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The Iron Market, Port-au-Prince, Haiti

Friday 02 Sep 2011

Bringing people together

The Iron Market, Port-au-Prince by John McAslan + Partners in Haiti
The Iron Market, Port-au-Prince by John McAslan + Partners in Haiti The Iron Market, Port-au-Prince by John McAslan + Partners in Haiti The Iron Market, Port-au-Prince by John McAslan + Partners in Haiti The Iron Market, Port-au-Prince by John McAslan + Partners in Haiti The Iron Market, Port-au-Prince by John McAslan + Partners in Haiti The Iron Market, Port-au-Prince by John McAslan + Partners in Haiti
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John McAslan + Partners rebuild an iconic symbol of Haitian community, culture and ambition 

For well over a century, the Iron Market - Marché de Fer - in Port-au-Prince has been a bold symbol of Haiti's independence and ambition, serving as the focus of commercial life and community aspiration in the city. Fabricated in France by the celebrated engineers Baudet Donon & Cie, the Iron Market was originally conceived of as a railway station bound for Cairo, but ended up for unknown reasons in Port-au-Prince in 1889 where it has been a gathering place for millions of Haitians for 120 years. The market has survived two disastrous setbacks in recent years: a devastating fire in 2008 which destroyed the market's northern structure, and the cataclysmic earthquake that shattered Port-au-Prince at the beginning of 2010, severely damaging the central tower and part of the southern range.

It is estimated that up to 10% of Haiti's population engage in artisan activity for a living. The North Market, which was dedicated to artisanal wares, was out of commission for more than two years before the earthquake, taking a toll on the local economy and households of Haitian artisans left without a proper place to make a living.  The South Market, which was subsequently damaged beyond occupation, was the venue where food stuffs, domestic products, and a medley of goods were sold. With their centre of commerce and livelihood in ruins artisans and vendors, constructed makeshift stalls consisting of goods hung on the perimeter fence of the destroyed market and laid on the surrounding streets sheltered beneath umbrellas. It was a testament to how crucial this place of trade is in the local community, and how the Iron Market is a focus of commercial life in Port-au-Prince -- even in its demise trade struggled on beside its ghost.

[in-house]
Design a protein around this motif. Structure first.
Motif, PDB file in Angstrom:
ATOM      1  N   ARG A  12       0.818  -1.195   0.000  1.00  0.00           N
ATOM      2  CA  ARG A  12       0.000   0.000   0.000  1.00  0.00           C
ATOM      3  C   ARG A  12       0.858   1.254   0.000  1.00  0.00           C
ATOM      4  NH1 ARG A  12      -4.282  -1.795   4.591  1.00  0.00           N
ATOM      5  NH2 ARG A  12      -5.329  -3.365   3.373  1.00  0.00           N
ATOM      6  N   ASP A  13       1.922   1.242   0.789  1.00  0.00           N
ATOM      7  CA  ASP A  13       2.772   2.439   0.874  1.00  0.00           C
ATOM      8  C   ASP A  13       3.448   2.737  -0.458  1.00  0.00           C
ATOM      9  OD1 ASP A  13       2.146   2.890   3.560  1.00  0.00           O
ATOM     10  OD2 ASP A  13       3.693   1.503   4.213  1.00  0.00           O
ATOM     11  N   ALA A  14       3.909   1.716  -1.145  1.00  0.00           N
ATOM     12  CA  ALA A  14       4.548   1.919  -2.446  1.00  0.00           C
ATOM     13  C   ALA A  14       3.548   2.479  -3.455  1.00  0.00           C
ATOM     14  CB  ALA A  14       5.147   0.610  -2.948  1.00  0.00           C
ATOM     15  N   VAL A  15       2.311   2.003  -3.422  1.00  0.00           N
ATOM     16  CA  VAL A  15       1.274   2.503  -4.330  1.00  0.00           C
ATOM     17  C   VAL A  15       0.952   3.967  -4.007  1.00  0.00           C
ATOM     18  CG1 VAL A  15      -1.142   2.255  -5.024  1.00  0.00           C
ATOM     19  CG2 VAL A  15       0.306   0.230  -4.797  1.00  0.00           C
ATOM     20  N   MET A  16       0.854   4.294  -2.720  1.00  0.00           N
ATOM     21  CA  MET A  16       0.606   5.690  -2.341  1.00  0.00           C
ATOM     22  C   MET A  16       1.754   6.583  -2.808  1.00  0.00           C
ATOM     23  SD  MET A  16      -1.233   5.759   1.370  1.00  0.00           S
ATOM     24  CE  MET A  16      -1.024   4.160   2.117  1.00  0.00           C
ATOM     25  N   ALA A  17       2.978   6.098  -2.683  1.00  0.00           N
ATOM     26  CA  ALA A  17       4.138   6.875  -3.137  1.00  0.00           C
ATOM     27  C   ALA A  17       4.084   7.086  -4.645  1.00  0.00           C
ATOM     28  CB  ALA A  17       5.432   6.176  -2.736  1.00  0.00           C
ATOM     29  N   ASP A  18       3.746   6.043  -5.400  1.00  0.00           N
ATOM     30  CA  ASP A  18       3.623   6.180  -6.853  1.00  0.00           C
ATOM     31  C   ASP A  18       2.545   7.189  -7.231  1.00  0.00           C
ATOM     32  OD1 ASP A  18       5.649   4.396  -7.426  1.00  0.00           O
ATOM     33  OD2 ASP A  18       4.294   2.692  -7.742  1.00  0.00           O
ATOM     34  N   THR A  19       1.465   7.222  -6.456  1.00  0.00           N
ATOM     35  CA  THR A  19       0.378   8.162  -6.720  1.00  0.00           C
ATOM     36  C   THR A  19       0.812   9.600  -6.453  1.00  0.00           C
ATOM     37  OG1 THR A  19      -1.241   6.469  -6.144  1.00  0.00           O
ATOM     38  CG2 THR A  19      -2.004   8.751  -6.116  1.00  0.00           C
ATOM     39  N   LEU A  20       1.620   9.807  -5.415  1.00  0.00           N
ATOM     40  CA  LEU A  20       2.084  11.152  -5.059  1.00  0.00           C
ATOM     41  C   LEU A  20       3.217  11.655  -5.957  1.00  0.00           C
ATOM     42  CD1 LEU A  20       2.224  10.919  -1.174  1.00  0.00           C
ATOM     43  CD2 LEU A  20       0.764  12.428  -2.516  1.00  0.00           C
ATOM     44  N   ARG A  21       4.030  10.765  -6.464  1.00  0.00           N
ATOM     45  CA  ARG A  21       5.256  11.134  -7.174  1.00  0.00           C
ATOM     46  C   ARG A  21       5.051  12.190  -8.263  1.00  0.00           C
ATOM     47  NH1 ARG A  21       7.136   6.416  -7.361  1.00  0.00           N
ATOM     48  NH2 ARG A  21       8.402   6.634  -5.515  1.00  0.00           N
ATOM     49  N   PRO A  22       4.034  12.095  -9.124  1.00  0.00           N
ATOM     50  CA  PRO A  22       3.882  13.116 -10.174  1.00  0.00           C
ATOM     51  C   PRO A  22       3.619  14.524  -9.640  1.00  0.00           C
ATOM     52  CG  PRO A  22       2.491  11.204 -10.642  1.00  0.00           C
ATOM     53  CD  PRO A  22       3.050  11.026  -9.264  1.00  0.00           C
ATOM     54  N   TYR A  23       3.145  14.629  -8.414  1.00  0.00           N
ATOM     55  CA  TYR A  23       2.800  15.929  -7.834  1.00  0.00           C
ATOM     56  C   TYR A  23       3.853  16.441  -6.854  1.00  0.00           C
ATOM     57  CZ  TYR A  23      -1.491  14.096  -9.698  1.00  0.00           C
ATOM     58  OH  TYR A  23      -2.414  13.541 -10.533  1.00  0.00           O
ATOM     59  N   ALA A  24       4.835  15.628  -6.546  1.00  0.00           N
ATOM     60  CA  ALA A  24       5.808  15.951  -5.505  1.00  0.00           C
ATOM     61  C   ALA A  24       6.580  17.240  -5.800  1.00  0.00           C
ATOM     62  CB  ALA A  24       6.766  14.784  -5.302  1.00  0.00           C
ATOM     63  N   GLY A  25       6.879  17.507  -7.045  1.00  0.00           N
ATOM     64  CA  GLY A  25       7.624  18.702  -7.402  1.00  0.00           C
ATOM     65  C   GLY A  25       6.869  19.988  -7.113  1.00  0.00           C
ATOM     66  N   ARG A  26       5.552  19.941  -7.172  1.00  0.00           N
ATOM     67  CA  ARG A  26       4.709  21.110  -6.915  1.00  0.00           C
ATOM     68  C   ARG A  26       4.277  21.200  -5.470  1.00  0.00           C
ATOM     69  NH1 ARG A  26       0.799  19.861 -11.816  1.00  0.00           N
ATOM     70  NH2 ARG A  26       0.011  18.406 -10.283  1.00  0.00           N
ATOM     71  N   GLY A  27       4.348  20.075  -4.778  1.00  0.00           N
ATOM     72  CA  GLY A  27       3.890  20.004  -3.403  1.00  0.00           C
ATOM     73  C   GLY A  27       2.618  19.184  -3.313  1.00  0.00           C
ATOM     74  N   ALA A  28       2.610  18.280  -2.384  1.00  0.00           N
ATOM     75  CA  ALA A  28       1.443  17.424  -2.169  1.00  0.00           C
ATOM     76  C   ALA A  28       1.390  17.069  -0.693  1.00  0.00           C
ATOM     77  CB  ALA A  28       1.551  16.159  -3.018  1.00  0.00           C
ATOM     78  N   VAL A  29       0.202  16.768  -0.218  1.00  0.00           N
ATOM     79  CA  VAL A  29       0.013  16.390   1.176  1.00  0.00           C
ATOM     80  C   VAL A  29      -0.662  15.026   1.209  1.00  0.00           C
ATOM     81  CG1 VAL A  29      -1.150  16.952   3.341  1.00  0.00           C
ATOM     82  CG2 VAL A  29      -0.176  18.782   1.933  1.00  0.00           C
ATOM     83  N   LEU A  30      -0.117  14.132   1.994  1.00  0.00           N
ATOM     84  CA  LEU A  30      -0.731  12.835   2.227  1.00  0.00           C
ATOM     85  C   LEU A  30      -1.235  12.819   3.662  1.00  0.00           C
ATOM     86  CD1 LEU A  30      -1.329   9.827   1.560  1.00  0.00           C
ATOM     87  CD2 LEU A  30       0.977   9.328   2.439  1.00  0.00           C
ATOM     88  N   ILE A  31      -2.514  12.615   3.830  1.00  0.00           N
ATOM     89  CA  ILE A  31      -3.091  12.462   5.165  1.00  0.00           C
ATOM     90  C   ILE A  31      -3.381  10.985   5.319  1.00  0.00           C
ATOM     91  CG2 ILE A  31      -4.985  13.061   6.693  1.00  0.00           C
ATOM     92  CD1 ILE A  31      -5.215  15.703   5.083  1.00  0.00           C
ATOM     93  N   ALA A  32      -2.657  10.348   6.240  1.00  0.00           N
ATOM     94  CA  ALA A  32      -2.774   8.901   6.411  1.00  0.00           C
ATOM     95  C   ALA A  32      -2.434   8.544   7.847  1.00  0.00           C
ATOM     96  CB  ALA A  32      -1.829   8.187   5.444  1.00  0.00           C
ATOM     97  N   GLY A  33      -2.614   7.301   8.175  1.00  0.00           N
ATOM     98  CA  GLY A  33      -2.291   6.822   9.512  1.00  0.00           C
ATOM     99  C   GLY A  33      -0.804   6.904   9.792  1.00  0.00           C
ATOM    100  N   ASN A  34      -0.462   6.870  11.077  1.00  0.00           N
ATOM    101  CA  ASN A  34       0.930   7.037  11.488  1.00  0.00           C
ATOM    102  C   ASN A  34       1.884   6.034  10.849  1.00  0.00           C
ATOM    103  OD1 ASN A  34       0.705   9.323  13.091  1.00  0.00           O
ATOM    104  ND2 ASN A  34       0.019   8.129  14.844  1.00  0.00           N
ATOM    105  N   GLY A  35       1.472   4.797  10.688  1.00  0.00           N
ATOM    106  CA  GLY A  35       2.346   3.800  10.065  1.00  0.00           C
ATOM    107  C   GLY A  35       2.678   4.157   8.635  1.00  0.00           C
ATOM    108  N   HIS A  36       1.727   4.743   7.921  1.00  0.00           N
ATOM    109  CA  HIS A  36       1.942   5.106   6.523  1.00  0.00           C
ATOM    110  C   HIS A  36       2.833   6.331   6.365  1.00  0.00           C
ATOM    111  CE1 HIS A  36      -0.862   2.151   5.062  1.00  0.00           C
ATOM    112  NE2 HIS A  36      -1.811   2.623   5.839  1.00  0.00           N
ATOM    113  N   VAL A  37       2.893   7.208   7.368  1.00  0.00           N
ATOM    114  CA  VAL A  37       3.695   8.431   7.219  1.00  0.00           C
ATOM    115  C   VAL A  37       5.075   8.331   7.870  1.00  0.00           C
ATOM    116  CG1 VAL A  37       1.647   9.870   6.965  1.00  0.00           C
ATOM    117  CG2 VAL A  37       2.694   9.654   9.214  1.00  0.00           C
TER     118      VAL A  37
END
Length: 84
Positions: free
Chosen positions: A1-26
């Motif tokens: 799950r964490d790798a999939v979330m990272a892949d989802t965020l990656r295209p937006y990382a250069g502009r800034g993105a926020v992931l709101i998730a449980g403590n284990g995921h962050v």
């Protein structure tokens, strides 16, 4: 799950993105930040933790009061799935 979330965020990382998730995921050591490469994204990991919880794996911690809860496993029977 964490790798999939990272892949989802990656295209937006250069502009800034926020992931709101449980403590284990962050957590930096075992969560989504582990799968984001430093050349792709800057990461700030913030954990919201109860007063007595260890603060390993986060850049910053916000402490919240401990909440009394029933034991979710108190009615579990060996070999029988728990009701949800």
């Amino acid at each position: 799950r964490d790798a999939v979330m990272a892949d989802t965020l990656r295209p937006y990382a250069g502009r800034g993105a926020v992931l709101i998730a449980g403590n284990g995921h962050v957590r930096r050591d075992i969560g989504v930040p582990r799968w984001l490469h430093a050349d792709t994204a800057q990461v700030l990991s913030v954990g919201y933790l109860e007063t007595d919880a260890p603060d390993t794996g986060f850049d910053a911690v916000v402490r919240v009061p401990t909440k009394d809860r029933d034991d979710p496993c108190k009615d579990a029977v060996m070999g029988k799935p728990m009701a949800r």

Working with the Municipality of Port-au-Prince, its advisors and private sponsors, John McAslan + Partners led a multi-disciplinary team which has resurrected the Iron Market within one year of the earthquake. The Market comprises two 35ft high covered spaces, each covering 25,000sqft, and linked by bridges to a 75ft high central pavilion with clocks facing east and west, and four towers carrying minaret-like structures. This original structure is composed of decorative cast-iron columns and trusses supporting a wrought-iron superstructure with raised, clerestorey roof. Its open lower section is surmounted by an arched and louvred facade; above it, shallow-pitched roofs are covered in corrugated metal. In collaboration with the Institute de Sauvegarde du Patrimoine National (ISPAN) - Haiti's heritage guardians - and the Iron Market's Director, Jeune Augustin, John McAslan + Partners led a design team that carried out detailed damage assessment, made the remaining structural elements safe, assessed what could be salvaged, and then set out a comprehensive repair and rebuilding strategy. Key issues included structural dismantling, paint analysis and research into original 19th century materials such as the stone flooring, the roof tiles, and the clock - all of which originated in France. The project involved roof and gutter replacements, façade repair, and reinstatement of the market's brick perimeter walls and floor slabs.